CWS Market Review – February 24, 2017

CWS Market Review

February 24, 2017
“90% of the people in the stock market, professionals and amateurs alike,
simply haven’t done enough homework.” – William J. O’Neil

You can’t keep a good market down! The Dow has now risen for 10 days in a row, which is the longest winning streak in 30 years. Not only that, but the bull continues to be unusually calm. The S&P 500 has now gone 91 days in a row without a 1% down day.

Can the market sustain this pace? The answer is no, but it’s a tough game predicting exactly when the bull needs to take a rest. Our strategy continues to be: focus on high-quality stocks, and don’t get scared out of them. I’m pleased to see that our Buy List is already up 6% for the year. Thanks to a strong earnings report, Moody’s just became our first 20% winner on the year.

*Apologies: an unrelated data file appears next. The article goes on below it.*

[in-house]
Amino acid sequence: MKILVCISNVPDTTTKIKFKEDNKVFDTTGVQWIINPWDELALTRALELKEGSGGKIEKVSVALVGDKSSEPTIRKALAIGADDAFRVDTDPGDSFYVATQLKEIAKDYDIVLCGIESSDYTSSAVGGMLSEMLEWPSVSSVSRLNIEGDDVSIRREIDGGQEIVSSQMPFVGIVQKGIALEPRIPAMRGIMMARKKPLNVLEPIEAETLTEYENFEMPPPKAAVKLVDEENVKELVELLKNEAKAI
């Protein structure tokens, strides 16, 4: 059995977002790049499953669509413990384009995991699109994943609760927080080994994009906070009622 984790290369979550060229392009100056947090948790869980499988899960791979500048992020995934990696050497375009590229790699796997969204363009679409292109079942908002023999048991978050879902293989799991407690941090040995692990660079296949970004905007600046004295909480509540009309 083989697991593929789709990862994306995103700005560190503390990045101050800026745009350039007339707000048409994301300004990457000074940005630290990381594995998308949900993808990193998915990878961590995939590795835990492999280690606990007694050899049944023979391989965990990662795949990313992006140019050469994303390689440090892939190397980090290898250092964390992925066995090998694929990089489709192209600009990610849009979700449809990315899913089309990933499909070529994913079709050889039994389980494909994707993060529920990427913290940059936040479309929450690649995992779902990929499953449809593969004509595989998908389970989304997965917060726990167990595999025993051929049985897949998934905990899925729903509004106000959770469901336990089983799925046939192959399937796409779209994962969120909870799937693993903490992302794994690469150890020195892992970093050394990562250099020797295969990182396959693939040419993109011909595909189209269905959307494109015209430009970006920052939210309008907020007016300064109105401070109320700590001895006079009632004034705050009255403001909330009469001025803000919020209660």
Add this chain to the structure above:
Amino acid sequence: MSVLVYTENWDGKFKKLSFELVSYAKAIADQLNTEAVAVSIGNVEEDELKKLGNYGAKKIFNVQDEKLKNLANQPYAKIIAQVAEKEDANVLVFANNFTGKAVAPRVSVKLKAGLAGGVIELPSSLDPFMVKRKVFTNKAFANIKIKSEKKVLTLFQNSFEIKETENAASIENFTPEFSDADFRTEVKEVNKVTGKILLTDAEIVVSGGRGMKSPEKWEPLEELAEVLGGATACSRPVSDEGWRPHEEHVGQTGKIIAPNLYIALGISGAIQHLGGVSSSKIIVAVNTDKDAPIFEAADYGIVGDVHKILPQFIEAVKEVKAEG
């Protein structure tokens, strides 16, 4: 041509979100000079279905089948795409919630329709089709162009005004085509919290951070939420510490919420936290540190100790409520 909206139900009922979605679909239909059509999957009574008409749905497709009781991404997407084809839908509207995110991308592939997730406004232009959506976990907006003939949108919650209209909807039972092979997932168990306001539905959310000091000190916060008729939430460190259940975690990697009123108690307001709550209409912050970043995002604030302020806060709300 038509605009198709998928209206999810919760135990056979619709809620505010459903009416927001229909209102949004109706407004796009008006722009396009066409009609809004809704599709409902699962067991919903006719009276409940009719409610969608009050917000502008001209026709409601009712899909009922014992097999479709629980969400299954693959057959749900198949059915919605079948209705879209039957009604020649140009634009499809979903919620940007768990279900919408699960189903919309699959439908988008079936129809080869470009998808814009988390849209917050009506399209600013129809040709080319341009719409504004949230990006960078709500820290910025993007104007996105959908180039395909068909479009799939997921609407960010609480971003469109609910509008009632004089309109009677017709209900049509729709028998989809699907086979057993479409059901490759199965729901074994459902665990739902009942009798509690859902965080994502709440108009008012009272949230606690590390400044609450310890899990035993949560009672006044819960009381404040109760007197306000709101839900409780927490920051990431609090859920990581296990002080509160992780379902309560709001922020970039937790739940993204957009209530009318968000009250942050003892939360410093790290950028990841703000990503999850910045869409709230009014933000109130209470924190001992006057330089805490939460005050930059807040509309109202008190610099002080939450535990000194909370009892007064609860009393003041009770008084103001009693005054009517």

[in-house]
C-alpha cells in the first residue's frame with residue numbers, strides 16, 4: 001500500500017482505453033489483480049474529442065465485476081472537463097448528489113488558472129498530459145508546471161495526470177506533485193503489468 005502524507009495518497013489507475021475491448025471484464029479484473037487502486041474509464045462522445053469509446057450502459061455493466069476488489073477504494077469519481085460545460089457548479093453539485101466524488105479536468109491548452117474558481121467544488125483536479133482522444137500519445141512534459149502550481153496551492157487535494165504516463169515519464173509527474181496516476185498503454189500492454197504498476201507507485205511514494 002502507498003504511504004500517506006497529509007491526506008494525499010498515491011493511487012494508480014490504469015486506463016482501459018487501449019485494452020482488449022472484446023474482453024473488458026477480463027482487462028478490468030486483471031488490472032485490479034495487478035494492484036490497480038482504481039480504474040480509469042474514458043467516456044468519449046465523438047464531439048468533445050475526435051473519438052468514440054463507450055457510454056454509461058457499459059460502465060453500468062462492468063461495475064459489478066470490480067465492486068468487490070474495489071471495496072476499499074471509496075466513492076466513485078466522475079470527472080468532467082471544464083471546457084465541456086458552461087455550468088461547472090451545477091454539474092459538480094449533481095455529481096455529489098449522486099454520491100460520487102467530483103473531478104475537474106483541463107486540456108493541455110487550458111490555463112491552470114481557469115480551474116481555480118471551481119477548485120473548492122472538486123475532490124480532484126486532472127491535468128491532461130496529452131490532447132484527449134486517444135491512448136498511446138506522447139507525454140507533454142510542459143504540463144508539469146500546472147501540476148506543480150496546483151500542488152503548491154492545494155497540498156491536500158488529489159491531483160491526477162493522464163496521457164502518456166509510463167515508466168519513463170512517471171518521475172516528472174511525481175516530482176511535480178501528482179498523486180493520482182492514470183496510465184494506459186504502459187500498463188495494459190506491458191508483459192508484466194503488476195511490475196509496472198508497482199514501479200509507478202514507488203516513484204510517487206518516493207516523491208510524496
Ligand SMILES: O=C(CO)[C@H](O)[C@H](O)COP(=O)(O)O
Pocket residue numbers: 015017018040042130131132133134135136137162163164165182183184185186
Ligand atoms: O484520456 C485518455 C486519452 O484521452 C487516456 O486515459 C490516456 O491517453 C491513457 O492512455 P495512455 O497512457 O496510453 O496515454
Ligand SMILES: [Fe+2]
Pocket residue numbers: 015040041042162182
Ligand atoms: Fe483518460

In this week’s CWS Market Review, I’ll go over our recent earnings reports. We had some good ones like Moody’s, but also some disappointing ones like Hormel and Wabtec. I’ll go over them all in a just a bit. I’ll also bring you up to speed on the latest economic news. There’s a decent chance the Federal Reserve will raise rates again sometime soon. We also got dividend increases from Danaher and Cinemark. But first, let’s spend a few seconds on this week’s Fed minutes.

The Federal Reserve May Strike Soon

The Federal Reserve had a two-day meeting on January 31 and February 1. At the time, I told you not to expect them to make any moves on interest rates. I was right, and the Fed left rates unchanged.